Next up we learn how the city perhaps failed to make the most of its superb position, falling to the Persians in the late sixth century B.C., becoming a part of the Athenian Empire in the fifth and, in the late fourth century, being forced to acknowledge the rule of Alexander the Great. One possible explanation for the city not making the most of its advantages was the notorious drunkenness of its inhabitants, who were apparently far too fond of the wine they produced.

Another board shows us how the city looked after it was rebuilt and enlarged by the same man who had destroyed it during a bloody civil war in the late second century A.D., the Roman soldier-emperor Septimius Severus. The city was then known as Augusta Antonina, after Severus’s son.

A serpent’s head and a mighty chain

Then, of course, comes the pivotal moment in the city’s history, when it was chosen by the Roman Emperor Constantine as “Nova Roma” or “New Rome,” the new capital of the world’s most powerful empire. Check out the city plan on the display board that shows how the city now encompassed an area five times larger than that of Severus’s city, with new walls protecting the peninsula stretching from just north of today’s Unkapanı Bridge (spanning the Golden Horn) to Samatya on the Sea of Marmara.

The development of the city under Constantine was, proportionately, every bit as rapid as that of today’s booming city, and certainly far better planned, with a newly enlarged (it could hold 100,000 spectators, considerably more than today’s İstanbul Atatürk Olimpiyat Stadium) Hippodrome for chariot races and other grand spectacles, a spacious forum (civic market place), monumental public baths, cisterns and much, much more.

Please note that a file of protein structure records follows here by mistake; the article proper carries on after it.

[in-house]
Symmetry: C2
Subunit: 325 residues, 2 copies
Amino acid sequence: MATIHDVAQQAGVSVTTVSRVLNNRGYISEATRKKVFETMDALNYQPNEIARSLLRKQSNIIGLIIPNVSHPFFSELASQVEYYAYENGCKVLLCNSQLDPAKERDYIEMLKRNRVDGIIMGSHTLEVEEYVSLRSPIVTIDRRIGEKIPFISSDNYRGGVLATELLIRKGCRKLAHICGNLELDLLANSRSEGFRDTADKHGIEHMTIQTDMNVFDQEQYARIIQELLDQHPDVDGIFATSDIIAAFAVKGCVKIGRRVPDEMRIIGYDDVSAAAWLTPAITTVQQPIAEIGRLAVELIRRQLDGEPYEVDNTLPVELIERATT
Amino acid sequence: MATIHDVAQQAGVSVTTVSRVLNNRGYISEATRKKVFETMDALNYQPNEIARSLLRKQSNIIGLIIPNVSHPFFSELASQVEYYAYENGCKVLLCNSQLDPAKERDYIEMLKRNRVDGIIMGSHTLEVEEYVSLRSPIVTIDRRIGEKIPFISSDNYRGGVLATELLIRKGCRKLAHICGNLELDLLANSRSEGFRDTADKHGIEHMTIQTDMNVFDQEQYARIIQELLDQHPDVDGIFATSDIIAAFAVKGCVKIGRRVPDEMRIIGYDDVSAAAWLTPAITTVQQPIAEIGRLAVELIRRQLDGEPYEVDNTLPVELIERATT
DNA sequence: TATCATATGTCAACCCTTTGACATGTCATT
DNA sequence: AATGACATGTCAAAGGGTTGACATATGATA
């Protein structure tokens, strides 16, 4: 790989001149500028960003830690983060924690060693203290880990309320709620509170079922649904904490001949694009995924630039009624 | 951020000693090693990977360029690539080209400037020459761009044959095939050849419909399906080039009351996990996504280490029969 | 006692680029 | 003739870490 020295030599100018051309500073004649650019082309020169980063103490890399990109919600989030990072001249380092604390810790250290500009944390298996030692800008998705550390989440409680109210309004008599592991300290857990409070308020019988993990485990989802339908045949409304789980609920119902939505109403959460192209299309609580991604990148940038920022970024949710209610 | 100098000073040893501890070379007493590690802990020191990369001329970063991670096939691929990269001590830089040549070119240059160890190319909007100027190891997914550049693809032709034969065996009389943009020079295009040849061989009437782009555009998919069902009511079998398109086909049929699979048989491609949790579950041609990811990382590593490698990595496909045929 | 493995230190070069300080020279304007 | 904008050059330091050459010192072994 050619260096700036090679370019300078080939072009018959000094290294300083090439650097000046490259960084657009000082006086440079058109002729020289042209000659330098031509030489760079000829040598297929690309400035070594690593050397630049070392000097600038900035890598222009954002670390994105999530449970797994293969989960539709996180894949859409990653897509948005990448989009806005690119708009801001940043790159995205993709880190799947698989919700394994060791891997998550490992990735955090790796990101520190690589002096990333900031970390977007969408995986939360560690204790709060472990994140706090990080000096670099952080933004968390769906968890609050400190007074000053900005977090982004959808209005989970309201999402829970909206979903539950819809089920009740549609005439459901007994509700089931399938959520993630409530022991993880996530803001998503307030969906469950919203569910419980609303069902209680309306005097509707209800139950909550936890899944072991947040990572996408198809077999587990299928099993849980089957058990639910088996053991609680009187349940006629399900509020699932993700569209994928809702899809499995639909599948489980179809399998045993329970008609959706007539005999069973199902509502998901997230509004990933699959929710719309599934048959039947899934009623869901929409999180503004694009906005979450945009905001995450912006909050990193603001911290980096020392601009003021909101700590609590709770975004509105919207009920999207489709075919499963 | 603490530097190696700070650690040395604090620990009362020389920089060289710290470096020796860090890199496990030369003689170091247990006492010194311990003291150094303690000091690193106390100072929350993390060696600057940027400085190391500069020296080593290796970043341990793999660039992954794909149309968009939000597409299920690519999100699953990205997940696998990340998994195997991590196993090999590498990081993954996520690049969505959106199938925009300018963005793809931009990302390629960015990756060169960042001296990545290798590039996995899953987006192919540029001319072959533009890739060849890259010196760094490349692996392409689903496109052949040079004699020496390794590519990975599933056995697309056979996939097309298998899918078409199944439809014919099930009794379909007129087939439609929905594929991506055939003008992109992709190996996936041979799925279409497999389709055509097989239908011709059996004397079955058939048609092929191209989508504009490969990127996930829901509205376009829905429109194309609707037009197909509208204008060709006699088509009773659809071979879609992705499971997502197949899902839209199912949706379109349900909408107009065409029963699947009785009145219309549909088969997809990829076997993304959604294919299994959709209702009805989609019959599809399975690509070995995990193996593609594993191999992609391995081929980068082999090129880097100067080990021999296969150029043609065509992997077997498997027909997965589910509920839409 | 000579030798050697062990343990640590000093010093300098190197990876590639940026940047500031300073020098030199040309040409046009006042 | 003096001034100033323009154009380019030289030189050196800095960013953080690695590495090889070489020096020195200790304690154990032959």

To honor the city’s benefactor, it soon became known as Constantinople rather than Nova Roma. Relevant to this period, don’t miss the case containing the fifth century B.C. bronze serpent’s head, knocked-off the fifth century B.C. Serpentine Column in the Hippodrome (still in situ) -- possibly by a drunken Polish aristocrat in the 18th century.

Downstairs, in the superb Byzantine Room, is another splendid find from the Hippodrome, a relief carved plinth decorated with Nike, the winged goddess of Victory, which was once topped by a statue of the most famous charioteer ever, Porphyrios, and stood on the spina (central barrier) of the track.

Less than a century later the city had grown even further, enclosed in the period of the Emperor Theodosius by the mighty land walls that still run from the Golden Horn in Ayvansaray to the Yedikule district on the Sea of Marmara, a massive monument to the city’s illustrious past.

Moving on, a collection of stelae (commemorative stone markers often used as grave stones) produced in industrial quantities in the city and exported to other parts of the empire show how some proto-İstanbullu made their living.

There’s information about the water system (there were 500 cisterns dotted throughout the walled city in the Byzantine era -- securing the city’s water supply was as much a headache in the fourth century as it is today), the many harbors (then as now it was trade that generated the city’s wealth, whether it be taxes collected on spices, ivory and precious gems brought from India, silk from China or gold, or silver and caviar from Russia), the city’s many churches and the significance of the Golden Horn.